By Jason McLure
LITTLETON, New Hampshire (Reuters) - New England's once mighty fishing industry suffered a blow on Wednesday after a council voted to cut cod fishing quotas by more than 50 percent this year amidst sharply declining North Atlantic stocks of the bottom-feeder.
At a meeting in Portsmouth, New Hampshire, the New England Fishery Management Council voted to slash the legal harvest of cod in the Gulf of Maine by 77 percent to 1,550 metric tons for the fishing season beginning May 1, said Pat Fiorelli, a spokeswoman for the council.
"It's really grim," said Fiorelli. "These stocks are in real decline and questions were raised about whether they'll ever come back."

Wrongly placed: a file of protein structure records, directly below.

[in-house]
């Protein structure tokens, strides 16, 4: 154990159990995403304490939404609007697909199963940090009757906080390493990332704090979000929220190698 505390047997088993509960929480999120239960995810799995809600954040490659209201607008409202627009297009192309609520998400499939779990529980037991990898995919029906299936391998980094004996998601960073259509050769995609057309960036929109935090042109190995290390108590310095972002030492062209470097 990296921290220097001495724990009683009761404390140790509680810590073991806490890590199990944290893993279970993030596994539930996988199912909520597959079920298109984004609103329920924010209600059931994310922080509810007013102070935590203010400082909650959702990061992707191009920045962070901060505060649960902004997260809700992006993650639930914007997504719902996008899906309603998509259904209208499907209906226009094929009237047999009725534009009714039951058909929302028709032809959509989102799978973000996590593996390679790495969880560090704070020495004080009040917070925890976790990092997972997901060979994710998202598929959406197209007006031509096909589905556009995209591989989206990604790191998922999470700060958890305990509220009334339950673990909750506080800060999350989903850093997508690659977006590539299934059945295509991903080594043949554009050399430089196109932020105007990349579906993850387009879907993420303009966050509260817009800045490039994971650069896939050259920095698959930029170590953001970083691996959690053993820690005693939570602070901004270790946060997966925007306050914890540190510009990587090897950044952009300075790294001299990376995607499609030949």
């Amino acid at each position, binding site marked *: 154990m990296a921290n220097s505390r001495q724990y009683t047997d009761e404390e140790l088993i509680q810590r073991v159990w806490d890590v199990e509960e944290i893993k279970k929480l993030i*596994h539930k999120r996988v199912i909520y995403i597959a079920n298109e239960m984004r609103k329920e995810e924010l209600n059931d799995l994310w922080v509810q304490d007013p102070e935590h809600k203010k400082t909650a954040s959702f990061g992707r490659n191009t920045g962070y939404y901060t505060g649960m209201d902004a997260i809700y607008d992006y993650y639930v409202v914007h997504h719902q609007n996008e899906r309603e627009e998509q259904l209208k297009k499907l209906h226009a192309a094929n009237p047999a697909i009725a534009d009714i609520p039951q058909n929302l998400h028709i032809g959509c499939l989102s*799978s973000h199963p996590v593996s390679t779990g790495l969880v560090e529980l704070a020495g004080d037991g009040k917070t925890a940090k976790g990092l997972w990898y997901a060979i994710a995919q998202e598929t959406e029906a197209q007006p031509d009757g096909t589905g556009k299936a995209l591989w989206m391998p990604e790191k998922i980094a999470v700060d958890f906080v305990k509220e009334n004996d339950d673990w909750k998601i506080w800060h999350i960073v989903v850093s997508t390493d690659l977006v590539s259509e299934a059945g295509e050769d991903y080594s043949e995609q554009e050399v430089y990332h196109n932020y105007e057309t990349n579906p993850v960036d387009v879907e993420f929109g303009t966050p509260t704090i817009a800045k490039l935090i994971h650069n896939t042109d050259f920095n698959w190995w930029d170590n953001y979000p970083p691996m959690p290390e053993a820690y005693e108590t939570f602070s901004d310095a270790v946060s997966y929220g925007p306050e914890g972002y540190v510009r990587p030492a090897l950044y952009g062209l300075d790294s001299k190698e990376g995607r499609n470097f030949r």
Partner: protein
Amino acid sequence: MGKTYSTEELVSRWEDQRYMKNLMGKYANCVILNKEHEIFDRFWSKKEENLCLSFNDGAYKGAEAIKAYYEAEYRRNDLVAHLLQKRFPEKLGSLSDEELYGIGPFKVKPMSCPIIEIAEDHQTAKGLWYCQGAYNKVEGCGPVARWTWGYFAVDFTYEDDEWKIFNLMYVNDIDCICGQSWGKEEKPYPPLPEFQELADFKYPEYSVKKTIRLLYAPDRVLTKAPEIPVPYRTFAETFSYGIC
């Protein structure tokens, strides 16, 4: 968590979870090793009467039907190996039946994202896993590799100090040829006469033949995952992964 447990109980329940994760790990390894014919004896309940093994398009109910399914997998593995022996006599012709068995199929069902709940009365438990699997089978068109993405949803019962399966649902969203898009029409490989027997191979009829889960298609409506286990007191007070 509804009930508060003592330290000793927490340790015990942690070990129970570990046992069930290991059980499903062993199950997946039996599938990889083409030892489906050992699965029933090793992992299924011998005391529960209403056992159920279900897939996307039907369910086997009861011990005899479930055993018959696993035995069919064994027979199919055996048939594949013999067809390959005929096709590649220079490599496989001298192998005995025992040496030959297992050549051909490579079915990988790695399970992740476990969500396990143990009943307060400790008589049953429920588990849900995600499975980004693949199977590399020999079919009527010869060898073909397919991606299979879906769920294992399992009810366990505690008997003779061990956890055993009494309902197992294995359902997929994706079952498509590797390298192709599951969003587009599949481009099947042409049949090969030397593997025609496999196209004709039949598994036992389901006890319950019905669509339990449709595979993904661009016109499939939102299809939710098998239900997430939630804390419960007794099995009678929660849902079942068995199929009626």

It also cut the quota for cod caught on Georges Bank, an area stretching east of Cape Cod, by 55 percent to 2,002 metric tons. The new quotas will be in effect until 2016.
The limits highlight the disappearance of a fish species that helped draw settlers to North America from Europe 500 years ago.
This year's quotas are equivalent to about 6 percent of the landings of Georges Bank and Gulf of Maine cod in 1981. Researchers at the University of New Hampshire estimate that cod stocks have declined by about 90 percent in the last 50 years due to overfishing and other changes to marine ecosystems.
In September the Commerce Department issued a disaster declaration for the fishery, a move that set the stage for emergency relief funding from Congress. Continued...